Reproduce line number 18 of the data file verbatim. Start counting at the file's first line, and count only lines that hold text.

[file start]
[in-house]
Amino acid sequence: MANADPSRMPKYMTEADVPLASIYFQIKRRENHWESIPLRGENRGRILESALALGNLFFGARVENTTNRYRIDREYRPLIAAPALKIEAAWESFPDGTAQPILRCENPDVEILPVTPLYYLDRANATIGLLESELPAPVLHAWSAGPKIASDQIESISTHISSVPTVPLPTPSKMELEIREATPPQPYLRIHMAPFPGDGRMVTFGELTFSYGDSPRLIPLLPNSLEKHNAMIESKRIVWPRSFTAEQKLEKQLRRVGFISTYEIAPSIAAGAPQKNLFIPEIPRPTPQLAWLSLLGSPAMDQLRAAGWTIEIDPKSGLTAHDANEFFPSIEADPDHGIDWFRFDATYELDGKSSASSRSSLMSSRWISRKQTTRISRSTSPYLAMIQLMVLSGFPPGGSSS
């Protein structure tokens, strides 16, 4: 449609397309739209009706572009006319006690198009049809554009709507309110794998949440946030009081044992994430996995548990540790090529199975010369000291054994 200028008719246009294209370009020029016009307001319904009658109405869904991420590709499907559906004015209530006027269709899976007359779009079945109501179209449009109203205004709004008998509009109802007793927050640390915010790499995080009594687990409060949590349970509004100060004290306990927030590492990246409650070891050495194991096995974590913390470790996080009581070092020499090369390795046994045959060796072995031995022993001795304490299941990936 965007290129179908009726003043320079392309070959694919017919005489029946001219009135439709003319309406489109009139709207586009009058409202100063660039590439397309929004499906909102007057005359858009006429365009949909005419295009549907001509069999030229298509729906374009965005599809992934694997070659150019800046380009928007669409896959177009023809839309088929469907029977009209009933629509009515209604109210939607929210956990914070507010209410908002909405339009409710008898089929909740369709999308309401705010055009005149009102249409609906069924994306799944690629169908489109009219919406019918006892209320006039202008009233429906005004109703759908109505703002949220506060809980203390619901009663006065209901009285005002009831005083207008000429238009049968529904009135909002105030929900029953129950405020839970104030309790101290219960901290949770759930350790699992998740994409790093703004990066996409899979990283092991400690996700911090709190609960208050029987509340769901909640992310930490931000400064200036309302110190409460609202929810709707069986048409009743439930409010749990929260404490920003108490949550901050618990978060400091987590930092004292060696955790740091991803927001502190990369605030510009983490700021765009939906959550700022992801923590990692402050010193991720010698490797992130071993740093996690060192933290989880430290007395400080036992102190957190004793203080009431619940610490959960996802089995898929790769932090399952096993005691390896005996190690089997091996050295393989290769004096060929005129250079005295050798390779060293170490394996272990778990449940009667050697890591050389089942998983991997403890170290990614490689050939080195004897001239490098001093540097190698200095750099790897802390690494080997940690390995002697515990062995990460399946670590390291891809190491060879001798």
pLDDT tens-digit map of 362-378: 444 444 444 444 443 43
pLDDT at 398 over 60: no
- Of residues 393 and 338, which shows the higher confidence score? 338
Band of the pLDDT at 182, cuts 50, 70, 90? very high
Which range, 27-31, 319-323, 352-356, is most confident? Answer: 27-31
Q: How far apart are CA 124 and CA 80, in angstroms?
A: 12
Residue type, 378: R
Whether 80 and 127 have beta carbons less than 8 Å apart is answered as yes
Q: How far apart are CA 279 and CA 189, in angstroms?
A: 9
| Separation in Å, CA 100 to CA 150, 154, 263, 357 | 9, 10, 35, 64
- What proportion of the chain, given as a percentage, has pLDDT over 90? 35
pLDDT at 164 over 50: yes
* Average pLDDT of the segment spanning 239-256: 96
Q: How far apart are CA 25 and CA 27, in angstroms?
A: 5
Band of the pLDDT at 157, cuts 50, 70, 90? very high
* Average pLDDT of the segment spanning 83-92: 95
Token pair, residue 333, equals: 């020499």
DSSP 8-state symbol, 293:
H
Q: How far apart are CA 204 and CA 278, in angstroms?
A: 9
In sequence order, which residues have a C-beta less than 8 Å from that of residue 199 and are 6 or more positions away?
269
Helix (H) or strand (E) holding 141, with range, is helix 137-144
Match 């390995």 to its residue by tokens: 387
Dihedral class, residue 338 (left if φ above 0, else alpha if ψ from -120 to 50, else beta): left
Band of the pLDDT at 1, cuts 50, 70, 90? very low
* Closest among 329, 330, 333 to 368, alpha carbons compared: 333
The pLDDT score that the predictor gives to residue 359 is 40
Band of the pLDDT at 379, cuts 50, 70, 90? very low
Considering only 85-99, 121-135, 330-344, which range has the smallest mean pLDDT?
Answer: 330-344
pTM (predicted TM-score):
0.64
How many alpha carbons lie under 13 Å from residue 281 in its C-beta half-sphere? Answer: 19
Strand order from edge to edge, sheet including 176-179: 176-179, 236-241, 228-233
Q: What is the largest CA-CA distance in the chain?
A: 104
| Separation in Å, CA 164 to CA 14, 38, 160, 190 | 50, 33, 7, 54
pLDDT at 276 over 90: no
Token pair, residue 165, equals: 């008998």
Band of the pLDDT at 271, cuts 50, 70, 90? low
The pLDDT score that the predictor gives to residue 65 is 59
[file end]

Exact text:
* Average pLDDT of the segment spanning 239-256: 96